There are some requirements that must usually be met in order to get a temporary job. These can often be a challenge for the traveling worker. We discuss some of these in our article on Home Sweet Where. They may include:

  • Local address and phone number.Seamstresses, tailors, and other textile specialties - there are many short term jobs open to those with specialized skills.
  • Permanent address and phone number.
  • Emergency contact, preferably local, but not always.
  • Valid driver’s license, often from that state but not always.
  • Green Card or proof of residency and citizenship.
  • Social Security Card

The parks have a high demand for short term employees.Kelly Services and Manpower are two of the largest employment services companies, offering full-time and temporary jobs all over the world. The National Park Service relies heavily upon temporary labor. There is a wide variety of job seeking services on the Internet. Short term jobs can be found, especially before the summer tourist season, at SummerJobs.com and JobWeb.org. A unique national temporary employment agency is growing in popularity with RVers. Labor Finders has few requirements other than being an able body that arrives between 6-8 AM prepared to work. They help you select a job right for you and will even help you get there. At the end of the day you stop at the office and pick up a pay check, their mission being “A day’s pay for a day’s work.” As a national company, they can forward your work history and information across the country, making the work of finding a job on the road much easier. Since all you have to do is show up ready to work, the reliance on a telephone is not necessary.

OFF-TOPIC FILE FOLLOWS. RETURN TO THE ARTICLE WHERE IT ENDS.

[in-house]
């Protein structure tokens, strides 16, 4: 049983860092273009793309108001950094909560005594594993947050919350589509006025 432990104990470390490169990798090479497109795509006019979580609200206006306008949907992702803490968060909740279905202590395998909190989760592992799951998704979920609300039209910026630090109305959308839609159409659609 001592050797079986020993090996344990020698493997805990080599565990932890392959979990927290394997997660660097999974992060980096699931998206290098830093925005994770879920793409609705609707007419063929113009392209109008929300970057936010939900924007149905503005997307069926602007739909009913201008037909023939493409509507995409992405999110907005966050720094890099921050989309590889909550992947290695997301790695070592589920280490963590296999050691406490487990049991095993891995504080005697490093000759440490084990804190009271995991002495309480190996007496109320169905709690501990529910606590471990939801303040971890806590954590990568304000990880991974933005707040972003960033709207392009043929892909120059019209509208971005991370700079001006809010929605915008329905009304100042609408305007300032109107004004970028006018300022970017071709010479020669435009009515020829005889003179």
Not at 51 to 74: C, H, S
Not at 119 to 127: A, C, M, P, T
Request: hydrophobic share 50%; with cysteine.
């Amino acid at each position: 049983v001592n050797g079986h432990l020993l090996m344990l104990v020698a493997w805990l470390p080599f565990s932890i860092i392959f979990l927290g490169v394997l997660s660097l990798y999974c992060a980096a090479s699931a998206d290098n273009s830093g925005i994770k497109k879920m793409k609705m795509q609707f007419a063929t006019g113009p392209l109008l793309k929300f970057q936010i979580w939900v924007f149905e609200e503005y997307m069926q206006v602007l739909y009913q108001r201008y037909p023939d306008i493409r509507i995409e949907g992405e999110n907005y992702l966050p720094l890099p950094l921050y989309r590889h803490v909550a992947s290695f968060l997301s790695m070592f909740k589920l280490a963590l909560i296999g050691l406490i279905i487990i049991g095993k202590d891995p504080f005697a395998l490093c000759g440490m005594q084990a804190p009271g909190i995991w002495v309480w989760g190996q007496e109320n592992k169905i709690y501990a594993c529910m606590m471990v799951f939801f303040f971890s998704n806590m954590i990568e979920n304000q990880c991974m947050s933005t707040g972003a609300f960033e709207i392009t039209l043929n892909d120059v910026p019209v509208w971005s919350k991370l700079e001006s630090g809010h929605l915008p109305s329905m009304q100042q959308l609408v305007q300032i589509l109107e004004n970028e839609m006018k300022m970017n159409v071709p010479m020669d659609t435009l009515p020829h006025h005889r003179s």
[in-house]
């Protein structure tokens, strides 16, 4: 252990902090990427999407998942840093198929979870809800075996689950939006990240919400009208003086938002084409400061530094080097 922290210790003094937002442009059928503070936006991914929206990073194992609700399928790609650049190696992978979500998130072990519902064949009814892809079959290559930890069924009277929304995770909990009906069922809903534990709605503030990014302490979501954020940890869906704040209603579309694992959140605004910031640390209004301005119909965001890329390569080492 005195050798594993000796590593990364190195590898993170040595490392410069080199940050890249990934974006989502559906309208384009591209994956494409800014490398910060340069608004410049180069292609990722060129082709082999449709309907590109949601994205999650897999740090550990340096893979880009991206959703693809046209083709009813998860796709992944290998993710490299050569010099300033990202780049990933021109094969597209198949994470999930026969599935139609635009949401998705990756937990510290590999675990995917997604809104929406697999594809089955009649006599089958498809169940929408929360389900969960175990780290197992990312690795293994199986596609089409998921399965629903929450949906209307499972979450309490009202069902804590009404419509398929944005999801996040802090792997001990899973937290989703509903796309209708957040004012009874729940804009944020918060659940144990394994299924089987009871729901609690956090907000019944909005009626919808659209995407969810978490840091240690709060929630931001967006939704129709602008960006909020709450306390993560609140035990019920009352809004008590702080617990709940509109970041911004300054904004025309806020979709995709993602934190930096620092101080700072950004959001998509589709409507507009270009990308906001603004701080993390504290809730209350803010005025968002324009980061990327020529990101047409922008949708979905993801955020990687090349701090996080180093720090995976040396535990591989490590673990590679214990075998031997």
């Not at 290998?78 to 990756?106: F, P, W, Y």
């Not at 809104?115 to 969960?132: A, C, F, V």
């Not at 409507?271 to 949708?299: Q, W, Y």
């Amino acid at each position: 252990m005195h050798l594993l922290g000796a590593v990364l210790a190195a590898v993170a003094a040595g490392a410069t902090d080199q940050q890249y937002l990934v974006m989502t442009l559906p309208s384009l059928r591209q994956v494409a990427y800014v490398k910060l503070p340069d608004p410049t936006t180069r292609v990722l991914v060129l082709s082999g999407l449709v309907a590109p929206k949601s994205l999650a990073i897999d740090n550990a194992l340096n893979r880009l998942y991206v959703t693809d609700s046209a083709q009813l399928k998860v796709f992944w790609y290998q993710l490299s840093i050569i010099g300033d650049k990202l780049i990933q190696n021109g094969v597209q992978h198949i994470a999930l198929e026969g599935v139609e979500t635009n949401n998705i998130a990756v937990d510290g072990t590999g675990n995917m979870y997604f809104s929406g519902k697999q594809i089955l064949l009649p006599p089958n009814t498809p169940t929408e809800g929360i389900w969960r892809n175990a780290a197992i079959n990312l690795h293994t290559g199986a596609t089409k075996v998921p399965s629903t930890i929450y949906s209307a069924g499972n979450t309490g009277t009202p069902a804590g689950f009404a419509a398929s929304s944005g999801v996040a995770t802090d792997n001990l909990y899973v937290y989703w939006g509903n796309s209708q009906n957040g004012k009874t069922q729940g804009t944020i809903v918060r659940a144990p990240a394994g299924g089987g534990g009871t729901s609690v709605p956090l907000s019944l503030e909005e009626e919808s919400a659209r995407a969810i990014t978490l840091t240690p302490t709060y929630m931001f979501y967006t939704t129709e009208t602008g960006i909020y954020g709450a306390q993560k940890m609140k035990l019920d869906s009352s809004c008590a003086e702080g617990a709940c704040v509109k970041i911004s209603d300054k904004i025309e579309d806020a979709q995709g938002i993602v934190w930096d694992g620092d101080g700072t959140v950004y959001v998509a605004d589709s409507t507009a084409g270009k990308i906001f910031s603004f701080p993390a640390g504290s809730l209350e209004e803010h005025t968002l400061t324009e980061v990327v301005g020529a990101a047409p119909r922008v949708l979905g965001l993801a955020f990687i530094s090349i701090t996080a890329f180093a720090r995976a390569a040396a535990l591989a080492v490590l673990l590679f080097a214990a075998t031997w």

2 Comments

  • Posted December 23, 2005 at 15:36 | Permalink

    i would really like to know what avanues can i take that are available to me job wise without a social security # or a work permit?

  • Posted December 24, 2005 at 2:52 | Permalink

    Well, I’m not an expert, but it is my understanding that if you do not have a social security number or a work permit, you are considered an illegal worker as you are not a citizen of the country and you would be working without permission.

    But that hasn’t stopped illegal workers from getting jobs in the United States as well as the rest of the world.

    Having worked with a lot of illegal workers in several countries, and helped immigrants learn English in other countries, I have to say that the fear they live with every day of being caught and evicted from the country, jail time, and more nasties, while it is painful and full of red tape, doing it legally is much safer and less stressful than being illegal.

    I feel for the people who try to work in areas and countries where they cannot find work and are forced to leave the country and their homes to find income elsewhere. I know that doing it legally can take many years and much money and agony, but there are many who succeed. I wish the world would give up the concept of borders, but that is wishing and reality is as it is.

    Good luck with your endeavors and please check with an expert as I am not one on this issue. I just know that looking over your shoulder and living in fear of “what if I’m caught” is not a good quality way of life.